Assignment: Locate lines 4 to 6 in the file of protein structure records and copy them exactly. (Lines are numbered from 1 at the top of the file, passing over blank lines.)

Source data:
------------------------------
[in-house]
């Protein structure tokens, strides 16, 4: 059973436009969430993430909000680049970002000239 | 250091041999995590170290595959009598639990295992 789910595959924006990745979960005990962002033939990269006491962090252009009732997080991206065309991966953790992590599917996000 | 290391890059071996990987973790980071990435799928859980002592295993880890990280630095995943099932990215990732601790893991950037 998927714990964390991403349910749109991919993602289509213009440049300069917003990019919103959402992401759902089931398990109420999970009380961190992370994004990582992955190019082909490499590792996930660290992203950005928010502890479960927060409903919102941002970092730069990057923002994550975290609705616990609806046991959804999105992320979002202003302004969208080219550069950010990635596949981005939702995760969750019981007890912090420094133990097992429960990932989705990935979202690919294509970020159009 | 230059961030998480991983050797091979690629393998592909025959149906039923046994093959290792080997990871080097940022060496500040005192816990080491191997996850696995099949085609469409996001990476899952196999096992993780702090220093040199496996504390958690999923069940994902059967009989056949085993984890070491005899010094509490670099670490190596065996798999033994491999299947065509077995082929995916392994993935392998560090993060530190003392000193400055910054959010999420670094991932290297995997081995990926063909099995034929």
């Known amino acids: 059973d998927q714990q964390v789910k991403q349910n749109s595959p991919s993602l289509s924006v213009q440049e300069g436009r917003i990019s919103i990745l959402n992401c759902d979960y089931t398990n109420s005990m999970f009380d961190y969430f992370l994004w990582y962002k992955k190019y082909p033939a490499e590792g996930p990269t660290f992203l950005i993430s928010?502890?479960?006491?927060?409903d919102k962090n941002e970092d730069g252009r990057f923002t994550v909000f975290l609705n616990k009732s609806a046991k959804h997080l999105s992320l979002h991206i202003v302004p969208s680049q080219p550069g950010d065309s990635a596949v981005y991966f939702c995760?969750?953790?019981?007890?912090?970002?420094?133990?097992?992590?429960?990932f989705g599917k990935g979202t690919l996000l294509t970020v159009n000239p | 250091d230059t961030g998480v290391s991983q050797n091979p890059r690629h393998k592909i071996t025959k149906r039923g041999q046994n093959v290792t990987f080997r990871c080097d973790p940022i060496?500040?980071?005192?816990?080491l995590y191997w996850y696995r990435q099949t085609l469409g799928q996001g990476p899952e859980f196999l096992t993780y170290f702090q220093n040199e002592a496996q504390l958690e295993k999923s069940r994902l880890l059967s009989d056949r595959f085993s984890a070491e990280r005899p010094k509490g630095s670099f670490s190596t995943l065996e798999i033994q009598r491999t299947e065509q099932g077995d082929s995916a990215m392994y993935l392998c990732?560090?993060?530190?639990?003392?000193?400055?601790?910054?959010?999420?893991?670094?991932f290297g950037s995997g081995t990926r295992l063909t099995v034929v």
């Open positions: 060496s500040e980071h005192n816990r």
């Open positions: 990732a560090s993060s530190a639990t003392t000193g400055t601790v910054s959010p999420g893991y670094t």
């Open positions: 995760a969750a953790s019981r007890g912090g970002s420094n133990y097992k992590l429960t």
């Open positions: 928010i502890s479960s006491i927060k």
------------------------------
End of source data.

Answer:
């Open positions: 060496s500040e980071h005192n816990r």
């Open positions: 990732a560090s993060s530190a639990t003392t000193g400055t601790v910054s959010p999420g893991y670094t």
């Open positions: 995760a969750a953790s019981r007890g912090g970002s420094n133990y097992k992590l429960t």